Australian Competition and Consumer Commission v Prouds
Jewellers Pty Ltd  FCA 75
Dual pricing involving "was" and "now"
price comparisons held to be misleading and deceptive where
products not sold at "was" price just before
While there can be no precision about the length of the
anterior period during which the products were offered at the
"was" price, it must be a period of substance and two
months were thought to be sufficient.
Ever wondered how genuine the discounts offered by jewellery
chains are? ACCC contends this common method of promotion in the
industry is misleading and deceptive. In these proceedings, the
ACCC successfully alleged that Prouds had contravened sections 52
and 53 of the Trade Practices Act.
For international readers, Prouds is the largest speciality
jewellery chain across Australia and New Zealand with over 200
stores, and was established in 1903. It regularly publishes and
distributes catalogues to the public promoting the sale of a range
of jewellery items and offering each item for sale at a price
described as a "now" price near a picture of the item and
another price described as the "was" price. The
"was" price is higher, and often much higher, than the
"now" price. In substance, discounting occurred
throughout the entire calendar year.
The essence of ACCC's complaint was that the "was"
price would be viewed a the usual price at which item would have
been purchased before the sale period. Historically, however, each
item was often sold for less. Accordingly, the "was"
price was misleading because it suggested that a consumer would
save the difference between the "was" price and the
The relevant audience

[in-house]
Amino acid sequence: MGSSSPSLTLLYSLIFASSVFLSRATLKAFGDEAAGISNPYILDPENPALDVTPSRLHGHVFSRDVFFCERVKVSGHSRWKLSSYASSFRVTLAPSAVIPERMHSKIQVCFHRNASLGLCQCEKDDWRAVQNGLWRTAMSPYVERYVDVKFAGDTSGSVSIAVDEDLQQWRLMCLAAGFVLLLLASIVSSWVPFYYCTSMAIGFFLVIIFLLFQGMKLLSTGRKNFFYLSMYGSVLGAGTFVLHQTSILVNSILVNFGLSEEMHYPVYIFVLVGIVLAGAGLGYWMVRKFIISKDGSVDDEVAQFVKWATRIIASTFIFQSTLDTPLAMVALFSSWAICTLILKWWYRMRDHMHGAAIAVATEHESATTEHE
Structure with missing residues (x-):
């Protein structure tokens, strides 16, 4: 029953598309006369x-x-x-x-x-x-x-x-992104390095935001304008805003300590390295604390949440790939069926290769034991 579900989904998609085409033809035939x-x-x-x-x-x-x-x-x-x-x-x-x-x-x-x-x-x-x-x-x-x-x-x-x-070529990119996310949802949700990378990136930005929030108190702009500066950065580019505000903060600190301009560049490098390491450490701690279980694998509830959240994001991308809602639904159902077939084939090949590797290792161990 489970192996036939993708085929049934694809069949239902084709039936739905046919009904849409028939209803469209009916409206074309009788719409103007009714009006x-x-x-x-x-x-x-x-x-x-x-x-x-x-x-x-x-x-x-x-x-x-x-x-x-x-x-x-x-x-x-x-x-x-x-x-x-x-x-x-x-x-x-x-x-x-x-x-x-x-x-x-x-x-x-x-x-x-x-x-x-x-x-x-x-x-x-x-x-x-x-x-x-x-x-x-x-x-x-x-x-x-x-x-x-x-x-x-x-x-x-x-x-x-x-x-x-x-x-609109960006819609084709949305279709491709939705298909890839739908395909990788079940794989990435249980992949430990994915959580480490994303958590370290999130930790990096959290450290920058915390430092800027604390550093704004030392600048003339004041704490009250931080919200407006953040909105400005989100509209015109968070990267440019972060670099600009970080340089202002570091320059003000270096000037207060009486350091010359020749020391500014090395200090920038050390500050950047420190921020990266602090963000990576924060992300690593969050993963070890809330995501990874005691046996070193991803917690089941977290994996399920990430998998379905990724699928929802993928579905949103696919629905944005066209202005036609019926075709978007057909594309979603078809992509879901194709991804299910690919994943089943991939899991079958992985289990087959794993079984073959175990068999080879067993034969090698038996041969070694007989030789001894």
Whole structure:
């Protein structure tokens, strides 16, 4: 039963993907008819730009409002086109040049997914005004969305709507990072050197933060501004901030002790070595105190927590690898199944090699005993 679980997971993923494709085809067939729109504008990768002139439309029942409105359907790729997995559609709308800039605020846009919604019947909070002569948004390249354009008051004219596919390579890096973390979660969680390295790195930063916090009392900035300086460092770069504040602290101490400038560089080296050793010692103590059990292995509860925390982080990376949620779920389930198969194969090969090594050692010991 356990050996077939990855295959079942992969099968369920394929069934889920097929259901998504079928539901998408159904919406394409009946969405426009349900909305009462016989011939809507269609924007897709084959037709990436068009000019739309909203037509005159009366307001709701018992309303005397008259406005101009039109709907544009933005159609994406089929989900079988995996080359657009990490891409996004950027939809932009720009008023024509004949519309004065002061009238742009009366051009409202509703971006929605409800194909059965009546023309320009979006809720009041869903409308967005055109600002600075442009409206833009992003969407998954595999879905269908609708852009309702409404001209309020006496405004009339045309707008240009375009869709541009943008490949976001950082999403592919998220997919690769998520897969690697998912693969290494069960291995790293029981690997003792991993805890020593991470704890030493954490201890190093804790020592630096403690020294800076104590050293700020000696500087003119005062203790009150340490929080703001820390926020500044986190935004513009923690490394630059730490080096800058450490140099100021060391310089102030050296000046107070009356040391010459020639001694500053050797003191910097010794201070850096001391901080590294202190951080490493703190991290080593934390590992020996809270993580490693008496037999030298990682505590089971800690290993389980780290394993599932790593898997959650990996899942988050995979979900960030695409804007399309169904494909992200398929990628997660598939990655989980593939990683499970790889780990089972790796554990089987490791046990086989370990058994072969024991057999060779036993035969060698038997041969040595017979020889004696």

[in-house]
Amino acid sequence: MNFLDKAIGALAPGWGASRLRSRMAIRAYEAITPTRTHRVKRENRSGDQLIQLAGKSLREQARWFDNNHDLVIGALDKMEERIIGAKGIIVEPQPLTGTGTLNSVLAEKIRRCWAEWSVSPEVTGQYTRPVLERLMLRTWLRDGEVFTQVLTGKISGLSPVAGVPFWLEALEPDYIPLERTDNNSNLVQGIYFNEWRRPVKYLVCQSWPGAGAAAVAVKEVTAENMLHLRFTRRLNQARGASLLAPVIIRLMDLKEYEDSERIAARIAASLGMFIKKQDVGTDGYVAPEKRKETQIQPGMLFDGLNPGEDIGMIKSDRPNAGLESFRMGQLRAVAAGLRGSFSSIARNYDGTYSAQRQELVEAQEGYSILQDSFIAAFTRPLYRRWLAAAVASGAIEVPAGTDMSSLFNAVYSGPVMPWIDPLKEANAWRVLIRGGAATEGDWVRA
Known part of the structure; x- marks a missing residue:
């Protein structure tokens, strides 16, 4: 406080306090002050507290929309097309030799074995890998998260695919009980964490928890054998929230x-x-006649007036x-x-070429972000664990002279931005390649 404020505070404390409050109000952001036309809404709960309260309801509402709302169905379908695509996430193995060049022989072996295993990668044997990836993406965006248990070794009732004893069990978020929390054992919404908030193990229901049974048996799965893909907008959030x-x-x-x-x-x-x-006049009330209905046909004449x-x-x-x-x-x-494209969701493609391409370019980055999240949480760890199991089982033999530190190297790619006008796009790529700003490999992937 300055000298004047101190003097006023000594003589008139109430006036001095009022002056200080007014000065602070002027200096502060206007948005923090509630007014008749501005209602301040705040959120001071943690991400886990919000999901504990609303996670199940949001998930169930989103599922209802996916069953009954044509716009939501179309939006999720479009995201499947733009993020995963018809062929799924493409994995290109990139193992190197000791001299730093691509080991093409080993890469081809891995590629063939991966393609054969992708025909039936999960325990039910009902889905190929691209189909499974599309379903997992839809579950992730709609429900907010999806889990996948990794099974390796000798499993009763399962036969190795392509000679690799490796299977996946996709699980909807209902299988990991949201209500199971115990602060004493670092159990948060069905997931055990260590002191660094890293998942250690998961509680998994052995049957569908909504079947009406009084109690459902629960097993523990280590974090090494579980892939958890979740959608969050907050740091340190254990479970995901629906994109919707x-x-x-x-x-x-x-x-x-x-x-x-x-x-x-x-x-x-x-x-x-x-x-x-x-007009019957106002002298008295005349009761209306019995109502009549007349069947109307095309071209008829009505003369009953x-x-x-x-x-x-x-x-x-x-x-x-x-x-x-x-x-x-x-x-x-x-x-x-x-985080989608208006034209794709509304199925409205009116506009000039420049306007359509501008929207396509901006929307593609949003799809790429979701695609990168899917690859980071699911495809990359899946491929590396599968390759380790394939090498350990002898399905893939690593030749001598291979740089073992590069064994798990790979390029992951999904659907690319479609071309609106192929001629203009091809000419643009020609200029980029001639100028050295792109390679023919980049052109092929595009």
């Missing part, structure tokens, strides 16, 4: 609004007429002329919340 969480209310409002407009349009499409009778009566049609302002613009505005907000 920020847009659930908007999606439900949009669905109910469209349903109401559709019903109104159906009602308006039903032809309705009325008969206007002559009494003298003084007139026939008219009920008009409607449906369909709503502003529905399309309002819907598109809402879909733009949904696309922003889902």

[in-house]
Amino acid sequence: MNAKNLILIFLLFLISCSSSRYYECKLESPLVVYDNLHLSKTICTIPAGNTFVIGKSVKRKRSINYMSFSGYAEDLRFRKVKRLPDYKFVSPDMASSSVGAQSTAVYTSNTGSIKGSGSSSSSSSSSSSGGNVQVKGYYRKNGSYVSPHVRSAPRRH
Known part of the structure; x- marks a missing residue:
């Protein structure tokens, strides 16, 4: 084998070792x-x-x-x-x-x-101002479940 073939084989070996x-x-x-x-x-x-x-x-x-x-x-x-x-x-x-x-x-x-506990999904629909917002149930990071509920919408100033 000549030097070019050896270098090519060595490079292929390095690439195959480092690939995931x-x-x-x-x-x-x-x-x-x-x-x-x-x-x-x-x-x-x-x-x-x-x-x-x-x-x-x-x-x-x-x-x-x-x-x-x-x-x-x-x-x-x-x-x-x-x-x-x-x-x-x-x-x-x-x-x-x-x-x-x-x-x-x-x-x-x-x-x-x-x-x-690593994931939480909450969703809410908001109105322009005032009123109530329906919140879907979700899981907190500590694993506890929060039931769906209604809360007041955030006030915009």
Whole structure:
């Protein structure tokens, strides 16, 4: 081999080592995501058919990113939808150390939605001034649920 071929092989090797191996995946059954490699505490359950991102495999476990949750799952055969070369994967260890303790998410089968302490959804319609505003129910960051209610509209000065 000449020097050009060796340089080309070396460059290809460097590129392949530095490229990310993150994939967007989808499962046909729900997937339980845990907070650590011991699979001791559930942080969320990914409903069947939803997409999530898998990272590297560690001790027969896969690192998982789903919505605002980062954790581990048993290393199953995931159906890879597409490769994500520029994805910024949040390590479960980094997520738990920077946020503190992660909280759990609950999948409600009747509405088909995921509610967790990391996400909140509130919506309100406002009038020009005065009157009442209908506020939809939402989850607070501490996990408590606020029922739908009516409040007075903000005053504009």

The ACCC said that some of the general public who received the
Prouds' catalogue would have been misled or deceived by
Prouds' conduct, namely consumers without experience in
purchasing jewellery and without knowledge of the Australian
jewellery industry or Prouds' pricing or promotion
Justice Moore accepted that the evidence established there were
consumers with these various characteristics.
The meaning of the representations
How would consumers have understood the "was" and
"now" prices? Prouds contended that the "was"
price would have been understood to be the price at which each item
had been offered for sale.
Justice Moore agreed with the ACCC that the hypothetical
consumer would considered the "was" price was the price
at which the goods were being offered for sale. Justice Moore
disagreed with Prouds' defence that it was unnecessary for an
item to have been offered for sale at the "was" price
immediately before" the sale: "Part of this defence was
to argue that the word "was" was an example of the
"simple past or aorist tense" and it did "not have
any connotation of when in the past the event occurred". I do
He noted that the "was" price did not appear in
isolation but appeared in juxtaposition with a "now"
price. The message conveyed in this context was that the item,
immediately before the sale, would have been offered for sale and
purchased for the "was" price. He stated: "It was
misleading to identify in the catalogue a "was" price
which did not represent the price at which an item had been offered
for sale and would have been purchased by the hypothetical consumer
immediately before the sale commenced".
So how long should the jewellery had been offered at the
Justice Moore thought that a period of two months was an
appropriate period. While Justice Moore noted that there could be
no precision about the length of the anterior period, it must
represent "a period of substance". If the period was
unduly short (or presumably in the distant past), then the
publication of the "was" price in the context of dual
pricing would remain misleading or deceptive.
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about your specific circumstances.
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